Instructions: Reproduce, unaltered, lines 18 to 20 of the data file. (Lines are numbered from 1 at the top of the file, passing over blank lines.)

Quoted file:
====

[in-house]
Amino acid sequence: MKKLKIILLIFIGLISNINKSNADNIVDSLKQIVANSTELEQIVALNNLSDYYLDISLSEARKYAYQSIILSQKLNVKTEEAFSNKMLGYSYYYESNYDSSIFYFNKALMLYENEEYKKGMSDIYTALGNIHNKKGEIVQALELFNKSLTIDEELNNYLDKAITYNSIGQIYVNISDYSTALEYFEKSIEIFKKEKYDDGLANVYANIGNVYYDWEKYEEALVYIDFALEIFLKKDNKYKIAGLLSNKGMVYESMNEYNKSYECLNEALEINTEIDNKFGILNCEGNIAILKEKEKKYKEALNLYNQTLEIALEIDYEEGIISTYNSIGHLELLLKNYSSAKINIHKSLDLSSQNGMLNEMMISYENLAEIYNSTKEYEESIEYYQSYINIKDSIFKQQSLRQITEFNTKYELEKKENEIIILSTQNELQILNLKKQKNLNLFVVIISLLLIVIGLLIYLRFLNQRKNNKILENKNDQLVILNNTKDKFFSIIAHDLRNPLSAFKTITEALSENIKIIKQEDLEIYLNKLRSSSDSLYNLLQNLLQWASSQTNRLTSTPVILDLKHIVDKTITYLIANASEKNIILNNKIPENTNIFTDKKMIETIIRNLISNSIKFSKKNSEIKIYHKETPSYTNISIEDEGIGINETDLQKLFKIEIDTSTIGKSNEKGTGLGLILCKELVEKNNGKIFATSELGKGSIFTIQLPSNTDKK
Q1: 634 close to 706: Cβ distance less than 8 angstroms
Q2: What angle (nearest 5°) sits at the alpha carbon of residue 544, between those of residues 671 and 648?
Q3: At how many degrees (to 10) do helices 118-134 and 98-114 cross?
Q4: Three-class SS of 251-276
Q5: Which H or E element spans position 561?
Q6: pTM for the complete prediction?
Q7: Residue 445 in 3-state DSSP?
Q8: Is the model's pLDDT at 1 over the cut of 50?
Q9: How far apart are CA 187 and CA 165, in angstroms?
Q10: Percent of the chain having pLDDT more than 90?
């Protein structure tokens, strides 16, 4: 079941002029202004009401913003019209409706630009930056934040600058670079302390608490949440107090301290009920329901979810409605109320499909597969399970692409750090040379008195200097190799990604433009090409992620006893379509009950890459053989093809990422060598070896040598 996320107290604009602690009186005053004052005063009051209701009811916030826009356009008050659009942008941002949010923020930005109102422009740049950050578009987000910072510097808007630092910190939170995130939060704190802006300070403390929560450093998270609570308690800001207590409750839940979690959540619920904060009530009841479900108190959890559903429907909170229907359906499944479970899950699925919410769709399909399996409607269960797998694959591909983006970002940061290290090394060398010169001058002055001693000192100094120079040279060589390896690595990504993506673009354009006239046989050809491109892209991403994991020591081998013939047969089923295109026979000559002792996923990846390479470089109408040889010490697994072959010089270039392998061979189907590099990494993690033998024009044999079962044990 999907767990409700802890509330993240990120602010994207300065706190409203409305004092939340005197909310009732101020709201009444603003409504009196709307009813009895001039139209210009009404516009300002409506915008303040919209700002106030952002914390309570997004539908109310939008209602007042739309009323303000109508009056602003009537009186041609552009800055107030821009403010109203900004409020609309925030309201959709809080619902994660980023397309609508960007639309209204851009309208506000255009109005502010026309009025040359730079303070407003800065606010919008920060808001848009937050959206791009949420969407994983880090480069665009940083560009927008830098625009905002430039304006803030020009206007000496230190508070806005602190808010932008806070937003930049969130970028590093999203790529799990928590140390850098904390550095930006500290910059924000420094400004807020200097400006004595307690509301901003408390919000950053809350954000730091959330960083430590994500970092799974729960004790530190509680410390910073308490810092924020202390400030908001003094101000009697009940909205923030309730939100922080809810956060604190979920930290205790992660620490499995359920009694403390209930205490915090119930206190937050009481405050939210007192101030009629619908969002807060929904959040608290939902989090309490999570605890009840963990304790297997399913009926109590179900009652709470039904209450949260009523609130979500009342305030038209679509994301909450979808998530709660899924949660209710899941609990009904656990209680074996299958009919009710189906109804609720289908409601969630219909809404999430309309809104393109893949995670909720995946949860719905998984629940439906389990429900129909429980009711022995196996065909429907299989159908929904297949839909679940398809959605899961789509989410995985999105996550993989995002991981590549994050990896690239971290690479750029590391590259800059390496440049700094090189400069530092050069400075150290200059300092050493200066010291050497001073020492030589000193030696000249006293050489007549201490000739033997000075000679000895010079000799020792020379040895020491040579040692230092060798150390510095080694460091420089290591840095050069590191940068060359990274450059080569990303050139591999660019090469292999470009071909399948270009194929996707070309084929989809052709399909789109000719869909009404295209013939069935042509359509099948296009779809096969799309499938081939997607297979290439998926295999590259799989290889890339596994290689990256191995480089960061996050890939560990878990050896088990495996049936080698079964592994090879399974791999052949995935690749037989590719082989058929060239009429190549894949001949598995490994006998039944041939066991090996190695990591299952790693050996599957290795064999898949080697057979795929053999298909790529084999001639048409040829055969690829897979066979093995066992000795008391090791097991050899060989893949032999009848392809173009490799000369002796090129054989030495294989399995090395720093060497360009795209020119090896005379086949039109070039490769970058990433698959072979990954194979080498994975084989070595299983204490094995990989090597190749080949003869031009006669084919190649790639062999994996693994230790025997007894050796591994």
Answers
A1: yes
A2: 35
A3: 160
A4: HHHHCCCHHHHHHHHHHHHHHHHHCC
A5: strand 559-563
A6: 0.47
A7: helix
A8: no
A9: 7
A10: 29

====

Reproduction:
A4: HHHHCCCHHHHHHHHHHHHHHHHHCC
A5: strand 559-563
A6: 0.47